What is a MPS Degree?
The Master of Public Safety (MPS) degree prepares today’s public safety leaders and professionals to navigate the complex and shifting landscape of modern law, policy, resource management, data and technology. The program aims to increase the competencies of America’s public safety leaders, promote Constitutional literacy, reinforce the application of democratic principles, and inspire critical thinking.
The MPS integrates six key crosscutting themes woven throughout the curriculum:
How long will it take to complete the program?
Students will enroll in 6 – 9 credits (2-3 courses) per semester and complete their degree requirements of 30 credits in 5 semesters/terms. The MPS program is a cohort-based program with the required Capstone course being provided in the fifth and final semester, so it is not possible to graduate earlier.
Can I enroll in fewer than 2 courses per term?
Yes, students can enroll in one course a semester. In fact, those students who transfer in credits, applied to an elective(s), would only need to enroll in one course in certain semesters.
I may not be able to complete the program in 5 semesters/terms. Is this allowed?
Yes. Students have a maximum of 7 years to complete the graduate program.
Do I need to attend classes on Grounds in Charlottesville to complete this program?
The MPS program’s six core courses are taught in a hybrid format that will combine online course instruction with three-day, face-to-face sessions in Charlottesville, Virginia. Students and faculty will have opportunities to leverage on-Grounds and community resources in the course content. A weeklong summer course is also held in Charlottesville.
The program’s six elective courses, of which students are required to take four elective courses, are fully online. The classes will utilize both synchronous (set day/time) and asynchronous modes of course delivery. The asynchronous approach allows students the flexibility to work on their courses independently at their convenience, while the synchronous elements will enhance engagement and strengthen the cohort.
How will the three-day, in-person sessions be structured?
The residential, in-person sessions are required. The schedule for the three-day sessions includes:
What happens if I need to miss one of the residential, in-person sessions?
The residential, in-person sessions are required. However, we understand that sometimes life gets in the way for adult students who are also working professionals. Students are able to miss one residential session a semester without their grade being impacted. Students that miss the session are required to contact the professor of that course(s) and determine how the course work can be made up. Missing more than one residential session a semester is strongly discouraged, as it may diminish a student's ability to successfully complete the course.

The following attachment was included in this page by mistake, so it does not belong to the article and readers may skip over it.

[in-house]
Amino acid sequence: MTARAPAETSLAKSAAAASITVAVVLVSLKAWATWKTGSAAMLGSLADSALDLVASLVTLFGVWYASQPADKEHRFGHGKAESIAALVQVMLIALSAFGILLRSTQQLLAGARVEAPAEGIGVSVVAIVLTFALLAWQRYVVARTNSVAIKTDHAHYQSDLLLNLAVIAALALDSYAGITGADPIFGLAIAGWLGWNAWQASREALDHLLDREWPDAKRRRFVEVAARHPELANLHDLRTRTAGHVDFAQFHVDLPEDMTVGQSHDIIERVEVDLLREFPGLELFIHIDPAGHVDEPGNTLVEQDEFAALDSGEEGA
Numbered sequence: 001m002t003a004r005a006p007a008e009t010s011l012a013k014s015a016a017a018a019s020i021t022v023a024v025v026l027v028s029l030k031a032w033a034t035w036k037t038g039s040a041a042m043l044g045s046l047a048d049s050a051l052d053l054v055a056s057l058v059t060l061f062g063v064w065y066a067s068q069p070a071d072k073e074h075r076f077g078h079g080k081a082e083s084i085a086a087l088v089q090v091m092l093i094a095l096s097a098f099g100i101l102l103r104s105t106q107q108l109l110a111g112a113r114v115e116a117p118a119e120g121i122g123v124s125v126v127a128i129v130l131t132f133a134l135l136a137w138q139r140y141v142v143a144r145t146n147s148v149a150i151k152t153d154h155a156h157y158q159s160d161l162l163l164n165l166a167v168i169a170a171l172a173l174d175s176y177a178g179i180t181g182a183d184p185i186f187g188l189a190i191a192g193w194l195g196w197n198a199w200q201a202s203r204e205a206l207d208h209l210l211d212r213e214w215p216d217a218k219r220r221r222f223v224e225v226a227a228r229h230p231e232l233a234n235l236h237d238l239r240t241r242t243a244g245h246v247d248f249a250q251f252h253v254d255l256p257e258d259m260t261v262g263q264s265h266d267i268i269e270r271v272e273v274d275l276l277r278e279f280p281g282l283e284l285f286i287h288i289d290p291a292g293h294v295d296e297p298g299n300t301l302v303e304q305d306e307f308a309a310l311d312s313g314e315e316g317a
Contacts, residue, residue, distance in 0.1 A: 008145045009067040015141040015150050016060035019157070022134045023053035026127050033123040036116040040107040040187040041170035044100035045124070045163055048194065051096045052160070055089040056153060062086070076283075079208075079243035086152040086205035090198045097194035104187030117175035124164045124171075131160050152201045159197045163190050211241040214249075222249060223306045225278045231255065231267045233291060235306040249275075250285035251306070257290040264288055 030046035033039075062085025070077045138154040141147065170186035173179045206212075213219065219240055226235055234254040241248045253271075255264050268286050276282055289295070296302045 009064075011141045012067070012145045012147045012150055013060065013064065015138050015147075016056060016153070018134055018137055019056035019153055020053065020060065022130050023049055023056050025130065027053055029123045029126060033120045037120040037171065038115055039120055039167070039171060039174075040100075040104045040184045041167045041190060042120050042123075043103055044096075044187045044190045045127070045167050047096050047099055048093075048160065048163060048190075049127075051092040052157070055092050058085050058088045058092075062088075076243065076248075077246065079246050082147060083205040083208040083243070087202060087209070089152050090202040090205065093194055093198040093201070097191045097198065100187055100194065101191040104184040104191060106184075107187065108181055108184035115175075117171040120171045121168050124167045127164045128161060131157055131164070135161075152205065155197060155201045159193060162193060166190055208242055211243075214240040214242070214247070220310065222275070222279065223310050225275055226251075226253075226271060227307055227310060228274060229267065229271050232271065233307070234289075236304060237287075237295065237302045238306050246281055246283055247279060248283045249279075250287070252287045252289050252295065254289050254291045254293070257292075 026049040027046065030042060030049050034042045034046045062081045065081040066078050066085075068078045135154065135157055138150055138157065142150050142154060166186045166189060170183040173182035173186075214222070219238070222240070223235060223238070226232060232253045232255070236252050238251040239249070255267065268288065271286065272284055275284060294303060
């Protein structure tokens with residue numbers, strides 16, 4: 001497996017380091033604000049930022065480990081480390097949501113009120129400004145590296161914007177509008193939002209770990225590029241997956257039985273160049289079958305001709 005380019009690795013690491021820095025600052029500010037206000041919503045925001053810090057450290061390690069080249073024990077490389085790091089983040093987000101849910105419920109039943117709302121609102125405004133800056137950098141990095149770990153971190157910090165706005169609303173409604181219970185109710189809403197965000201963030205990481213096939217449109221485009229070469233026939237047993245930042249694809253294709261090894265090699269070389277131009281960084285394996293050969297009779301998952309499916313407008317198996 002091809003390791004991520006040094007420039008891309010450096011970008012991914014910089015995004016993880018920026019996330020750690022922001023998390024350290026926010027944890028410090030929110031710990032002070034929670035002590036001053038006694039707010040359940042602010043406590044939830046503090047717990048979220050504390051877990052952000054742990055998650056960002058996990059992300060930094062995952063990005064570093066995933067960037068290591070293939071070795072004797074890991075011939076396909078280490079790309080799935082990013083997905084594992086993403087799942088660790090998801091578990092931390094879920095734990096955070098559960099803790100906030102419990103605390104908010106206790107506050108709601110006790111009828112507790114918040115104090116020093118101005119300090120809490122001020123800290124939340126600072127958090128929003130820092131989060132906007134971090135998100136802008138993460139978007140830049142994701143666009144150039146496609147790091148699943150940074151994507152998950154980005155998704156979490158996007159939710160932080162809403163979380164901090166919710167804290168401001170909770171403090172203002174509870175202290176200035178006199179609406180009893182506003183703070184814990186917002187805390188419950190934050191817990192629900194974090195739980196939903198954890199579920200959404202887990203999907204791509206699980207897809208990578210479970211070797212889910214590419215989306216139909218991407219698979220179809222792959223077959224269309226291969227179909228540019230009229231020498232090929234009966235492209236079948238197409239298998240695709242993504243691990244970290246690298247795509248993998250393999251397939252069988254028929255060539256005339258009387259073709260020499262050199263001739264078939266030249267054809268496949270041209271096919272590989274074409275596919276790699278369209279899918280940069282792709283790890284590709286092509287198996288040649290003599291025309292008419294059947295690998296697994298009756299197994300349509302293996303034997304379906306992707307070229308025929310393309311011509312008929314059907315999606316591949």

What are the admission requirements for the MPS program?
Applicants must have a bachelor's degree from an accredited institution. A minimum GPA of 3.0 is required in undergraduate coursework.
Is it possible to transfer credits from the University of Virginia National Criminal Justice Command College and FBI National Academy?
The program will consider the transfer of six applicable credits to be applied against an elective from either the National Criminal Justice Command College and/or the FBI National Academy if the following criteria are met:
Is it possible to transfer credits into the MPS program?
The program will consider the transfer of six applicable credits to be applied against an elective from an accredited academic institution if the following criteria are met:
* The information contained on this website is for informational purposes only. The Undergraduate Record and Graduate Record represent the official repository for academic program requirements.
As a retired Charlottesville Police Chief, Tim is an expert on the complex challenges faced by today’s law enforcement officers. Now serving as program director and faculty for the Master of Public Safety (MPS) program, he emphasizes foundational elements of policing while encouraging forward-thinking problem-solving for contemporary issues. Drawing from the wide-ranging expertise of UVA’s students and faculty, his curriculum incorporates multiple disciplines including law, medicine, psychology, public policy, engineering, and business.Read more